The winner of the Los Angeles Clippers-Oklahoma City Thunder Western Conference best-of-seven squabble will go on to compete in the NBA Finals. Of course, that is just my opinion. OKC likely has the league’s regular season MVP in Kevin Durant. The Thunder also have human basketball missile better known as Russell Westbrook. The Clippers, fresh off of winning a rugged seven game matchup with the Golden State Warriors, counter with the dynamic duo of Blake Griffin and Chris Paul. But the third cog in the Clippers’ playoff machine is likely to have the greatest impact on the series is center DeAndre Jordan. Against the Warriors, Jordan dominated the paint against a much smaller Warriors team. He’ll need to do the same against the Thunder in the second round of the NBA playoffs in order for the Clippers to advance to the Western Conference Finals. Without doubt, Jordan was the best player on the floor for the Clippers during the seven game series, pulling down 106 rebounds. In the last five games of the series, Jordan put up some astronomical numbers, registering rebound totals of 22, 6, 18, 19 and 18. In the Clippers 126-121 Game 7 victory, Jordan brought the hammer against Warriors, scoring 15 points, blocking three shots and snatching the 18 boards. If that is not dominating numbers, I don’t know what is. With that being said, Jordan must be able to duplicate that feat of being a menace in the middle in order for the Clippers to move on. It is that simple. Jordan is the great equalizer for Doc Rivers’ team. Whenever everything else breaks down on the defensive end, Jordan is usually around to clean up the mess like he with Game 7 against the Warriors still hanging in the balance.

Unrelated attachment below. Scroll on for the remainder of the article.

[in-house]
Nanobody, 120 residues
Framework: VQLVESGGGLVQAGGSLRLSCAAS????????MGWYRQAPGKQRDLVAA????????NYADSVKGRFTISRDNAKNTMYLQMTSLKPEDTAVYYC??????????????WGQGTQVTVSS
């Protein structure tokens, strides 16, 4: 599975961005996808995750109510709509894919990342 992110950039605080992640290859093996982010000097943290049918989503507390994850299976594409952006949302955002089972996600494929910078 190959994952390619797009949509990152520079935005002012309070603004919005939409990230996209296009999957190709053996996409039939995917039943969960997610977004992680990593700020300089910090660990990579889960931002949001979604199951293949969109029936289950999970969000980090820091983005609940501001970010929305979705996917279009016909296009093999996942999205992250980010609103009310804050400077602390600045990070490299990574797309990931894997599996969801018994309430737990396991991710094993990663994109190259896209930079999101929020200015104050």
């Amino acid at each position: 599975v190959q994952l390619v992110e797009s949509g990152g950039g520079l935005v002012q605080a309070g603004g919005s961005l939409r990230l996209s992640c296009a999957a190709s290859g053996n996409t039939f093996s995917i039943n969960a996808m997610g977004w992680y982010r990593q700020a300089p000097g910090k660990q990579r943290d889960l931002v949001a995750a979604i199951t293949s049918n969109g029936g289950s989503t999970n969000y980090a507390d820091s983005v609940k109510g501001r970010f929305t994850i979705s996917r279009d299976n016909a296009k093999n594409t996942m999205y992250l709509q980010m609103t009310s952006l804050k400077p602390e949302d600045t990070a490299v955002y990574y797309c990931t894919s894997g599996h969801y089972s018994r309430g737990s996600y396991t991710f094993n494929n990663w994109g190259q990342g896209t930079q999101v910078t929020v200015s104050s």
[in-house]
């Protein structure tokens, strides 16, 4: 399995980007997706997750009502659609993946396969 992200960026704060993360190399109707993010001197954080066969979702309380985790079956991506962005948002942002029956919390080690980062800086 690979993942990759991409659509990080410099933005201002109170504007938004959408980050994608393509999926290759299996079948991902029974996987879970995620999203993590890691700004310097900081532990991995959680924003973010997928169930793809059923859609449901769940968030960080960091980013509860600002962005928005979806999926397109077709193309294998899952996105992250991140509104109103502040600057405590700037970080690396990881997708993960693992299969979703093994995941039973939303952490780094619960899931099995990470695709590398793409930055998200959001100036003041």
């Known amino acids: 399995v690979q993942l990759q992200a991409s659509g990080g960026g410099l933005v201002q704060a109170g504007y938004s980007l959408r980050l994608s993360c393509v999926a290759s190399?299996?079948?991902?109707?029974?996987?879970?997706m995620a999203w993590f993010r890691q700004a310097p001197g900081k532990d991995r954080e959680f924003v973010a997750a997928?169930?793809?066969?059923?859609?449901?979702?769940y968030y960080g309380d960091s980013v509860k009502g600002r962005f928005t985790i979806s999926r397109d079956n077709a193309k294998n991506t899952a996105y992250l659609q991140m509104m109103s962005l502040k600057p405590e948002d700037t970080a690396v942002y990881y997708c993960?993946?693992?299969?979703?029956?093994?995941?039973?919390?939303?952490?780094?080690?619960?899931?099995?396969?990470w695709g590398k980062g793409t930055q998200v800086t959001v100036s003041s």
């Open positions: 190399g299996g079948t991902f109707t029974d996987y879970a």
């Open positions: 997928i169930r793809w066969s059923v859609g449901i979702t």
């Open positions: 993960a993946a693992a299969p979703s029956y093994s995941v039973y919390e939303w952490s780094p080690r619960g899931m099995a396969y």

The Play of the Game for the Clippers came when Golden State point guard and mercurial shooter Steph Curry split the perimeter defense of the Clippers and looked like he would be on his way to an easy two points. A serious candidate for the NBA Defensive Player of the Year award, Jordan swooped in like a hawk scooping up unsuspecting prey and swatted the ball away. The block led to a Clippers’ fastbreak, culminating in a four-point switch that essentially put Los Angeles in the driver’s seat to the win. That was the ballgame. Now he’ll have to do that against Durant, Westbrook and the rest of the fastbreaking Thunder team. It’s not a stretch to see Jordan keep up that pace. In the Clippers’ last four victories over the Thunder, Jordan averaged 16.3 points and 16.8 rebounds. Jordan has always exhibited great potential. In his first season coaching the Clippers, Rivers has turned Jordan’s potential into a nightmare for rest of the NBA to deal with for a long, long time. Incredibly athletic, Jordan has now incorporated the little nuances of basketball into his play on the court. That’s a scary thought for Durant, OKC and other NBA teams to fret about.